Preventing Harassment & Bullying is a Leadership Challenge
Preventing and remedying harassment, a form of bullying, may not seem like the legal responsibility of the housing provider—but it is, according to state and federal authorities. On October 21, 2015, HUD proposed a rule that would formalise and define harassment under the Fair Housing Act. This rule would recognize and protect important rights of persons covered by the Fair Housing Act in their home. And the rule would impose clear responsibility on the housing provider for any acts of harassment. In reaction to the proposed rule, many providers of housing—public, private, subsidized, affordable, or market rate—rushed to decry government intervention, reject any responsibility for tenant relations, and set their legal teams to work. (1) But while there may be risk of legal exposure sufficient to motivate action by landlords, there are other excellent business reasons to prevent bullying and harassment.
Few things are more important to wellbeing than having a home, a home that is safe and secure, and membership in a community that offers the opportunity for growth, fulfillment, and social support. However, we are a nation of prejudice, segregation, and harassment. Yet we are a nation of laws and rights. Fortunately, federal and state agencies work to apply law to remedy injustice, and to develop administrative rules and remedies to assure that everyone can be protected.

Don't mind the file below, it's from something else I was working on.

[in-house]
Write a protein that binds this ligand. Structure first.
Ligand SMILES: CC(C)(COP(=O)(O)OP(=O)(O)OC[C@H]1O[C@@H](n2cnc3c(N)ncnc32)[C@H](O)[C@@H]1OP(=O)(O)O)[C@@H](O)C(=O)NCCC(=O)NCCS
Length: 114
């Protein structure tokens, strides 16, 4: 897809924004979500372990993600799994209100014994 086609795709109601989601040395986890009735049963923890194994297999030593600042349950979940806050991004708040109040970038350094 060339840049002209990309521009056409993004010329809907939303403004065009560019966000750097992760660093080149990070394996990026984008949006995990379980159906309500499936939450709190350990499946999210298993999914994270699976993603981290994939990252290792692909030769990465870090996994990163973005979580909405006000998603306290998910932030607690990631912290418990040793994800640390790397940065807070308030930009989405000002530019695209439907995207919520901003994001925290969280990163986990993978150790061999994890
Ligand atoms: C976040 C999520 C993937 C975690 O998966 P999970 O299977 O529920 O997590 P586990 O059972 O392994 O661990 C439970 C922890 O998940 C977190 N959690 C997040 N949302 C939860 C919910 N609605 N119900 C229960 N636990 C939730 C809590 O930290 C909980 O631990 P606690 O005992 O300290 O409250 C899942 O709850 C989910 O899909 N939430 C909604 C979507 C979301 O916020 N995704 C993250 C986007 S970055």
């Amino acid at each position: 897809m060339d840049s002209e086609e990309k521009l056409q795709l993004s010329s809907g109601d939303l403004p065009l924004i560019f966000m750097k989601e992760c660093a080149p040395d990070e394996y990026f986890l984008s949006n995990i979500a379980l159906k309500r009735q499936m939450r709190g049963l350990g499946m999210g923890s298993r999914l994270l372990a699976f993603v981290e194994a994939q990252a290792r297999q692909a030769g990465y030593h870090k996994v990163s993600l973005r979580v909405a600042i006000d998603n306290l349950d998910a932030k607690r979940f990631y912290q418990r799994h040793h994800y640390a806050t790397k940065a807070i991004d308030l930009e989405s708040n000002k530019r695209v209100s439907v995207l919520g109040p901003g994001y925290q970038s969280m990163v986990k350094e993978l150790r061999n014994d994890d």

The Stop Bullying Coalition is making good progress towards remedies through the legislative process in the Commonwealth of Massachusetts. We are pleased by the recent efforts by HUD to apply the protections of the Fair Housing Act to protect tenants of multifamily housing from harassment. The arguments, pro and con, that are being made regarding the new HUD rule on harassment will be echoed in our commission. We can learn from both the proponents and the opponents of the HUD action, because the challenge of the Commission on Bullying will be to bring together the views of all the stakeholders and come up with proposals for solutions. And however the HUD proposal is finally formulated, there will be much that we can and must achieve at the state level.
This is our COMMENT ON FR–5248–P–01 Quid Pro Quo and Hostile Environment Harassment and Liability for Discriminatory Housing Practices Under the Fair Housing Act, "Standards Governing Harassment Under the Fair Housing Act (FR-5248)" Docket Number HUD-2015-0095 https://federalregister.gov/a/2015-26587
HUD, the US Department of Housing and Urban Development, has begun to apply the Fair Housing Act (FHA) to protect disabled tenants, and others in classes protected by the FHA, from harassment. Harassment is a legal term which includes behavior that is commonly called bullying. We applaud these actions, taken under the leadership of Gustavo Velasquez, HUD Assistant Secretary for Fair Housing and Equal Opportunity. HUD's recent actions are an important step in protecting the rights of tenants. And we believe that such protections should be available to all tenants of HUD subsidized housing, and that the threshold for intervention ought to be lower in order to prevent all bullying in subsidized—indeed, in all—housing.